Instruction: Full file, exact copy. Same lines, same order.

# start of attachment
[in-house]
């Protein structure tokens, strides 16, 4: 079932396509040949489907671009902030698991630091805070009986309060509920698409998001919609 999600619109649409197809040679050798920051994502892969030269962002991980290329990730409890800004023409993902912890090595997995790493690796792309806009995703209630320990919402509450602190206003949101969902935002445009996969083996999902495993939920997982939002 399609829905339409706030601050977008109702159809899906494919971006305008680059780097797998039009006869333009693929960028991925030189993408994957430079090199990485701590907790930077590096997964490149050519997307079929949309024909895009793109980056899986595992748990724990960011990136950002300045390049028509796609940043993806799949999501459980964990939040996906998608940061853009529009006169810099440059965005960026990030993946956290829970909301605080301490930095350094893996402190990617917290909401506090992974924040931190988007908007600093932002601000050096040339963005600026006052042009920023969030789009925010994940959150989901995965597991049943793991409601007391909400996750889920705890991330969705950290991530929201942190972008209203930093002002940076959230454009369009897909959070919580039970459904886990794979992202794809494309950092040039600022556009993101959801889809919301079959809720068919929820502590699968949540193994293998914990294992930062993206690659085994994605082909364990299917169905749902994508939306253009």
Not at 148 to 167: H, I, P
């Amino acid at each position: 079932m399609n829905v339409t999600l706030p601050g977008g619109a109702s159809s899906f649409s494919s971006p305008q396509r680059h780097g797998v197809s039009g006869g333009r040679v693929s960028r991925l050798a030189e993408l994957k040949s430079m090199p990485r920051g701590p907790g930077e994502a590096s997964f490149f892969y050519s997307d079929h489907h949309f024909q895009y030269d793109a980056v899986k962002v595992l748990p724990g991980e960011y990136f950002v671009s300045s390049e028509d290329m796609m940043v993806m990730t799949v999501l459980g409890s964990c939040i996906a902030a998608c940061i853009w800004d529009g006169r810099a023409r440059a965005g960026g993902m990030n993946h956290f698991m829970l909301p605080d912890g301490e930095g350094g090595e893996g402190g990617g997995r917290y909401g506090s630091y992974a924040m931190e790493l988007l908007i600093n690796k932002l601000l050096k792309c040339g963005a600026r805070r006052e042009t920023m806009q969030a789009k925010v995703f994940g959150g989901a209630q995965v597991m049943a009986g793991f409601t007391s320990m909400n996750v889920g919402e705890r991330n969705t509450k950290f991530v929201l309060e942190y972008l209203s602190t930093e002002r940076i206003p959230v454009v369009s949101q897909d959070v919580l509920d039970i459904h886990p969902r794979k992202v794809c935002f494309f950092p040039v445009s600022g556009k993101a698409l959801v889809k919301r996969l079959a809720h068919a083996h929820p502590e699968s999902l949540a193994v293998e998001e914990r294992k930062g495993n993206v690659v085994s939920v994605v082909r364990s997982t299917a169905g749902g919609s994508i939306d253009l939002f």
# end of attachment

[in-house]
């Protein structure tokens, strides 16, 4: 079932396509040949489907671009902030698991630091805070009986309060509920698409998001919609 999600619109649409197809040679050798920051994502892969030269962002991980290329990730409890800004023409993902912890090595997995790493690796792309806009995703209630320990919402509450602190206003949101969902935002445009996969083996999902495993939920997982939002 399609829905339409706030601050977008109702159809899906494919971006305008680059780097797998039009006869333009693929960028991925030189993408994957430079090199990485701590907790930077590096997964490149050519997307079929949309024909895009793109980056899986595992748990724990960011990136950002300045390049028509796609940043993806799949999501459980964990939040996906998608940061853009529009006169810099440059965005960026990030993946956290829970909301605080301490930095350094893996402190990617917290909401506090992974924040931190988007908007600093932002601000050096040339963005600026006052042009920023969030789009925010994940959150989901995965597991049943793991409601007391909400996750889920705890991330969705950290991530929201942190972008209203930093002002940076959230454009369009897909959070919580039970459904886990794979992202794809494309950092040039600022556009993101959801889809919301079959809720068919929820502590699968949540193994293998914990294992930062993206690659085994994605082909364990299917169905749902994508939306253009």
Not at 148 to 167: H, I, P
């Amino acid at each position: 079932m399609n829905v339409t999600l706030p601050g977008g619109a109702s159809s899906f649409s494919s971006p305008q396509r680059h780097g797998v197809s039009g006869g333009r040679v693929s960028r991925l050798a030189e993408l994957k040949s430079m090199p990485r920051g701590p907790g930077e994502a590096s997964f490149f892969y050519s997307d079929h489907h949309f024909q895009y030269d793109a980056v899986k962002v595992l748990p724990g991980e960011y990136f950002v671009s300045s390049e028509d290329m796609m940043v993806m990730t799949v999501l459980g409890s964990c939040i996906a902030a998608c940061i853009w800004d529009g006169r810099a023409r440059a965005g960026g993902m990030n993946h956290f698991m829970l909301p605080d912890g301490e930095g350094g090595e893996g402190g990617g997995r917290y909401g506090s630091y992974a924040m931190e790493l988007l908007i600093n690796k932002l601000l050096k792309c040339g963005a600026r805070r006052e042009t920023m806009q969030a789009k925010v995703f994940g959150g989901a209630q995965v597991m049943a009986g793991f409601t007391s320990m909400n996750v889920g919402e705890r991330n969705t509450k950290f991530v929201l309060e942190y972008l209203s602190t930093e002002r940076i206003p959230v454009v369009s949101q897909d959070v919580l509920d039970i459904h886990p969902r794979k992202v794809c935002f494309f950092p040039v445009s600022g556009k993101a698409l959801v889809k919301r996969l079959a809720h068919a083996h929820p502590e699968s999902l949540a193994v293998e998001e914990r294992k930062g495993n993206v690659v085994s939920v994605v082909r364990s997982t299917a169905g749902g919609s994508i939306d253009l939002f």